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Friday, July 25, 2014

Deadly Ebola Virus Is Now In Nigeria: How To Prevent It

The fast killer, Ebola virus, has been confirmed in a hospital near Obalende in Lagos on a 40years old Liberian. There is panic in the air but you can stay free from the deadly virus. Check out the details below...

WHAT IS EBOLA VIRUS DISEASE?
Ebola virus disease (EVD) or Ebola hemorrhagic fever (EHF) is the human disease caused by ebola viruses. Symptoms start two days to three weeks after contracting the virus with a fever, throat and muscle pains, and headaches. According to the World Health Organization (WHO), the disease has a 
case fatality rate of up to 90 per cent, this means about 90 per cent of individuals that suffer from the disease could die. 

TREATMENT
No vaccine for EVD is available. Several vaccines are being tested, but none are available for clinical use. TRANSMISSION

Ebola is introduced into the human population through close contact with the blood, secretions, organs or other bodily fluids of infected animals.
Ebola then spreads in the community through human-to-human transmission, with infection resulting from direct contact (through broken skin or mucous membranes) with the blood, secretions, organs or other bodily fluids of infected people, and indirect contact with environments contaminated with such fluids.
Burial ceremonies in which mourners have direct contact with the body of the deceased person can also play a role in the transmission of Ebola.
Men who have recovered from the disease can still transmit the virus through their semen for up to 7 weeks after recovery from illness.
Health-care workers have frequently been infected while treating patients with suspected or confirmed EVD.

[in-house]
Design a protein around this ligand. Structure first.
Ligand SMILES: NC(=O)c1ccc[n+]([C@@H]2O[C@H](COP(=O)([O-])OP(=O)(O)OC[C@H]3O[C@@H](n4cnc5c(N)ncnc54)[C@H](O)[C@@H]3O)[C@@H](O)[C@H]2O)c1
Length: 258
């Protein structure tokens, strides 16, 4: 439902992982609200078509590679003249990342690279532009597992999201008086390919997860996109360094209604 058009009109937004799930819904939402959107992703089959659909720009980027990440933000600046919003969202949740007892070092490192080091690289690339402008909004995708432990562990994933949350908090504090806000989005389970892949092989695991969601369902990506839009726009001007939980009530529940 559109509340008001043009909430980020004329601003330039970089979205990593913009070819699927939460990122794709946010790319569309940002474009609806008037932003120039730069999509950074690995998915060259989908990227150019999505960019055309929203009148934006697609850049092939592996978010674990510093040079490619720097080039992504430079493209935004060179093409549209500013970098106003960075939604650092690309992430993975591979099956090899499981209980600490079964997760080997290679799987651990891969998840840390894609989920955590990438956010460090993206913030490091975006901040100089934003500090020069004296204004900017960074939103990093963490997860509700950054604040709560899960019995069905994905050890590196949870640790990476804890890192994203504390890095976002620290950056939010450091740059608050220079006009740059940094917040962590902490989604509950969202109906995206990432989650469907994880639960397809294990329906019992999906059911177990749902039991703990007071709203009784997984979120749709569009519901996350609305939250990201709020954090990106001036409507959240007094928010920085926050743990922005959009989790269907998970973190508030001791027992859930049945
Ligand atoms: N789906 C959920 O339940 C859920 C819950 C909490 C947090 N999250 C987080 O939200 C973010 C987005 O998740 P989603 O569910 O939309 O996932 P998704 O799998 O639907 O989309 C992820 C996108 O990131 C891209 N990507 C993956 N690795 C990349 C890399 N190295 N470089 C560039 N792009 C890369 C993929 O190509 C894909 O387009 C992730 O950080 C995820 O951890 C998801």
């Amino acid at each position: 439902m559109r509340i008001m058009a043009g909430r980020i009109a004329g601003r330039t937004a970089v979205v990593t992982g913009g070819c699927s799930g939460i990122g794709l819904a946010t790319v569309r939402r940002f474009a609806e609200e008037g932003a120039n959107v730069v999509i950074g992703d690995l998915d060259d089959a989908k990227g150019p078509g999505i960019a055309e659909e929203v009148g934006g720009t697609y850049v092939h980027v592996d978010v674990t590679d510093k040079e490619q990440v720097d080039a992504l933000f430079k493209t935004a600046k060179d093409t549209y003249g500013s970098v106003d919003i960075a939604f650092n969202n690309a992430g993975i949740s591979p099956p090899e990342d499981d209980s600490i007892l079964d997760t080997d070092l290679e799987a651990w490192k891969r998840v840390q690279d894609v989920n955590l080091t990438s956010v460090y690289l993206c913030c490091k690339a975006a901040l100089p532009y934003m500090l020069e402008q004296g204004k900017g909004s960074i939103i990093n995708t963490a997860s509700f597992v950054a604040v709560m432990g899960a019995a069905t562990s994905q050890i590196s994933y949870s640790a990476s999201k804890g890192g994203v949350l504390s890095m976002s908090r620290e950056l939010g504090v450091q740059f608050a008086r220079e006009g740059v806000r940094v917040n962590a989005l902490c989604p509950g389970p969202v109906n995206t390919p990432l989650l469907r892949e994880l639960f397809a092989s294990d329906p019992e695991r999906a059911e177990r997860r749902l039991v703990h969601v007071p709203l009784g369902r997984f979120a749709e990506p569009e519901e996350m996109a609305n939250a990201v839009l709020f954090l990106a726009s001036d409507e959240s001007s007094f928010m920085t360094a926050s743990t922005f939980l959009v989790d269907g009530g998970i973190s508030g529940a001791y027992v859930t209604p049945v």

PREVENTION:
Wash your hands frequently. As with other infectious diseases, one of the most important preventive measures for Ebola virus is frequent hand-washing. Use soap and water, or use alcohol-based hand rubs containing at least 60 percent alcohol when soap and water aren't available.

Avoid bush meat. In developing countries, wild animals, including nonhuman primates, are sold in local markets. Avoid buying or eating any of these animals.

Avoid contact with infected people. In particular, caregivers should avoid contact with the person's body fluids and tissues, including blood, semen, vaginal secretions and saliva. People with Ebola are most contagious in the later stages of the disease.

Follow infection-control procedures. If you're a health care worker, wear protective clothing — such as gloves, masks, gowns and eye shields. Keep infected people isolated from others. Carefully disinfect and dispose of needles and other instruments. Injection needles and syringes should not be reused.

Don't handle remains. The bodies of people who have died of Ebola disease are still contagious. Specially organized and trained teams should bury the remains, using appropriate safety equipment.

Avoid traveling to areas of known outbreaks.
Watch out for people with flu-like symptoms and sudden fever.Those who notice “strange feeling or symptoms similar to those of Ebola virus, which ranges from fever, headache, diarrhea, nausea, vomiting, sore throat and joint pains, which are all symptoms of other ailments, are urged to visit competent health facilities.

In the absence of such facilities, please call the following numbers: 08023169485, 08033086660, 08033065303, 08055281442, 08055329229.

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